I had thought the thing out, and had resolved to keep the Medina business to myself and Sandy. Our one chance with him was that he should be utterly unsuspecting, and even so wary a fellow as Macgillivray might, if he were told, create just that faint breath of suspicion that would ruin all. He grunted, as if he were not satisfied. “I suppose you must have it your own way. Very well, we’ll fix the 10th of June for Der Tag. You realise, of course, that the round-up of all must be simultaneous — that’s why it takes such a lot of bandobast. By the way, you’ve got the same problem with the hostages. You can’t release one without the others, or the show is given away — not your show only but mine. You realise that?”

“I do,” I said, “and I realise that the moving forward of your date narrows my time down to less than two months. If I succeed, I must wait till the very eve of your move. Not earlier, I suppose, than June 9th? Assume I only find one of the three? I wait till June 9th before getting him out of their clutches. Then you strike, and what happens to the other two?”

He shrugged his shoulders. “The worst, I fear. You see, Dick, the gang I mean to crush and the people who hold the hostages are allied, but I take it they are different sets. I may land every member of my gang, and yet not come within speaking distance of the other lot. I don’t know, but I’m pretty certain that even if we found the second lot we’d never be able to prove complicity between the two. The first are devilish deep fellows, but the second are great artists.”

“All the same,” I said, “I’m in hopes of finding at least one of the hostages, and that means some knowledge of the kidnappers.”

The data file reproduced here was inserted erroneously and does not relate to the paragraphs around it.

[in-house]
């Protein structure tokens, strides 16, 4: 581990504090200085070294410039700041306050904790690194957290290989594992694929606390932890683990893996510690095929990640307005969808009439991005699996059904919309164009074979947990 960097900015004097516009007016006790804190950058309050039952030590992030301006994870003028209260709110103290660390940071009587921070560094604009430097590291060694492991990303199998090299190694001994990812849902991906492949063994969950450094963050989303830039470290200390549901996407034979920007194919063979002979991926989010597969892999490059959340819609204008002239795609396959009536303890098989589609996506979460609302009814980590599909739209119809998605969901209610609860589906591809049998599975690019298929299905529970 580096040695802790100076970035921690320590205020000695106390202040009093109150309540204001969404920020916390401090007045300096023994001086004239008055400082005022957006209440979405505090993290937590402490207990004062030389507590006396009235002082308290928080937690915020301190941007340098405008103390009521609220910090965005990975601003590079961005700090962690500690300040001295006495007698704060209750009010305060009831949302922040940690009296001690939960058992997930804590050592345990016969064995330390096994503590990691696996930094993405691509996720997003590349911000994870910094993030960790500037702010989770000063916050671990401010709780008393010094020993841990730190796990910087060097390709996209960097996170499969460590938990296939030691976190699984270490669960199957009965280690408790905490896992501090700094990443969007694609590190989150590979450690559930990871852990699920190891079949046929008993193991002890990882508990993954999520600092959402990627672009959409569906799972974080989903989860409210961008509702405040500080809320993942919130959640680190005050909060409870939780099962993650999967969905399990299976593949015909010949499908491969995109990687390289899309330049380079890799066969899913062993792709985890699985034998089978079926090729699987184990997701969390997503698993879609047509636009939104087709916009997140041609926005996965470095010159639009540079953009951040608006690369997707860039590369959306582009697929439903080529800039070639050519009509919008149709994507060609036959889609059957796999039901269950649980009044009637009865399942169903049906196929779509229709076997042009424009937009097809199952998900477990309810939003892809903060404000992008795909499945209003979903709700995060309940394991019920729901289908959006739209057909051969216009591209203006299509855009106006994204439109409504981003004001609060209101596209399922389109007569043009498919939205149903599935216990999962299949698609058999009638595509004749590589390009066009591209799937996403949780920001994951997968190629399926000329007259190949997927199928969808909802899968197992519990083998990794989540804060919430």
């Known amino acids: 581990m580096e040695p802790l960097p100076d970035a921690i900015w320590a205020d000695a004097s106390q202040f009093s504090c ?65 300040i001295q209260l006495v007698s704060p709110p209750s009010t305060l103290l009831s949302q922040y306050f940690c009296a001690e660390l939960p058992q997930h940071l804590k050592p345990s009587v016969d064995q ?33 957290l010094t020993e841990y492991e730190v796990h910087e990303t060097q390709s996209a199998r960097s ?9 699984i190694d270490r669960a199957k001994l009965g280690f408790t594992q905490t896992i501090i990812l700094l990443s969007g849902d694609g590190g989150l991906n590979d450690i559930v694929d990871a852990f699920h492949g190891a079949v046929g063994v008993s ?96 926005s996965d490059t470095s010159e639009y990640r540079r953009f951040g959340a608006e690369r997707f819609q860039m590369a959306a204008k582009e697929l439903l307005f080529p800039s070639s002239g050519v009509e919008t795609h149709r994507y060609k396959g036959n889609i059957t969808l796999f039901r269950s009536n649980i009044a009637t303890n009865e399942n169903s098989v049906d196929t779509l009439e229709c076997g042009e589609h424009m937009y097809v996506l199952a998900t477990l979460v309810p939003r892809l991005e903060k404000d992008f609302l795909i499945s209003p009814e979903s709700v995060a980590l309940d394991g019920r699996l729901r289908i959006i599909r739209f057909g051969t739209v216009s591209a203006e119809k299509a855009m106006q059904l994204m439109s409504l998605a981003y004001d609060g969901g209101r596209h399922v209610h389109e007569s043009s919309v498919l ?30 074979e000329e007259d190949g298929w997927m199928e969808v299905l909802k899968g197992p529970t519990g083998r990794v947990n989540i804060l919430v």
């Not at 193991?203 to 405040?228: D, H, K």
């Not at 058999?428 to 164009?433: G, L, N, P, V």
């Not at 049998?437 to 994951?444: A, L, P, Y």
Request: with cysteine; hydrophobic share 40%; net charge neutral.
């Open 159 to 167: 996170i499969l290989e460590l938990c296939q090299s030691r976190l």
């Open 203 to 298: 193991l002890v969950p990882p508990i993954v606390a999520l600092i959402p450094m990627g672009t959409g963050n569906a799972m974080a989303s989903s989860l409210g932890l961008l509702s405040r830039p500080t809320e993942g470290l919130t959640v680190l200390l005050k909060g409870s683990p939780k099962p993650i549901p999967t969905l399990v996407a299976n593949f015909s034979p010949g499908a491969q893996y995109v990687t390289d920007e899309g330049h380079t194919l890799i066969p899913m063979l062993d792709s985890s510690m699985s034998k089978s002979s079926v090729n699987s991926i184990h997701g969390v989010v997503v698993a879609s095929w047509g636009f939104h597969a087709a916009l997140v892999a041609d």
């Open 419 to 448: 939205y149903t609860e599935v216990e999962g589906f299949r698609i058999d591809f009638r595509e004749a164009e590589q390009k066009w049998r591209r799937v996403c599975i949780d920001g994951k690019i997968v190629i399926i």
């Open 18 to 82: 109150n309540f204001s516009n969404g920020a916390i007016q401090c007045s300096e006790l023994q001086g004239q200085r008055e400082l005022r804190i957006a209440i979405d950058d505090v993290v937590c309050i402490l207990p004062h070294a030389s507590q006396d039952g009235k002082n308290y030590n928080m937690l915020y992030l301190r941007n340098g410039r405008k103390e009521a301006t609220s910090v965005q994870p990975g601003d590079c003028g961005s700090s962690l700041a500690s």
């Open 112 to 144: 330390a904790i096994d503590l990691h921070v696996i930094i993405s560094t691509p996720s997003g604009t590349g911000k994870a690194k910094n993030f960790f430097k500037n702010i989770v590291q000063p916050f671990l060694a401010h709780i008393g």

“I must not ask, but I’d give my head to know how and where you’re working. More power to you! But I wonder if you’ll ever get near the real prime fountain of iniquity.”

“I wonder,” I said, and took my leave.

I had been playing with sickness, and now it looked as if I was going to be punished by getting the real thing. For all the rest of that day I felt cheap, and in the evening I was positive I had a temperature. I thought I might have ‘flu, so I went round after dinner to see a doctor whom I had known in France. He refused to admit the temperature. “What sort of life have you been leading these last weeks?” he asked, and when I told him that I had been hanging round London waiting on some tiresome business developments, he said that that was the whole trouble. “You’re accustomed to an active life in fresh air and you’ve been stuffing in town, feeding too well and getting no exercise. Go home tomorrow and you’ll be as right as a trivet.”

“It rather would suit me to be sick for a spell — say a week.”

He looked puzzled and then laughed.

“Oh, if you like I’ll give you a chit to say you must go back to the country at once or I won’t answer for the consequences.”

“I’d like that, but not just yet. I’ll ring you up when I want it. Meantime I can take it that there’s nothing wrong with me?”

“Nothing that a game of squash and a little Eno won’t cure.”

“Well, when you send me that chit, say I’ve got to have a quiet week in bed at home — no visitors — regular rest cure.”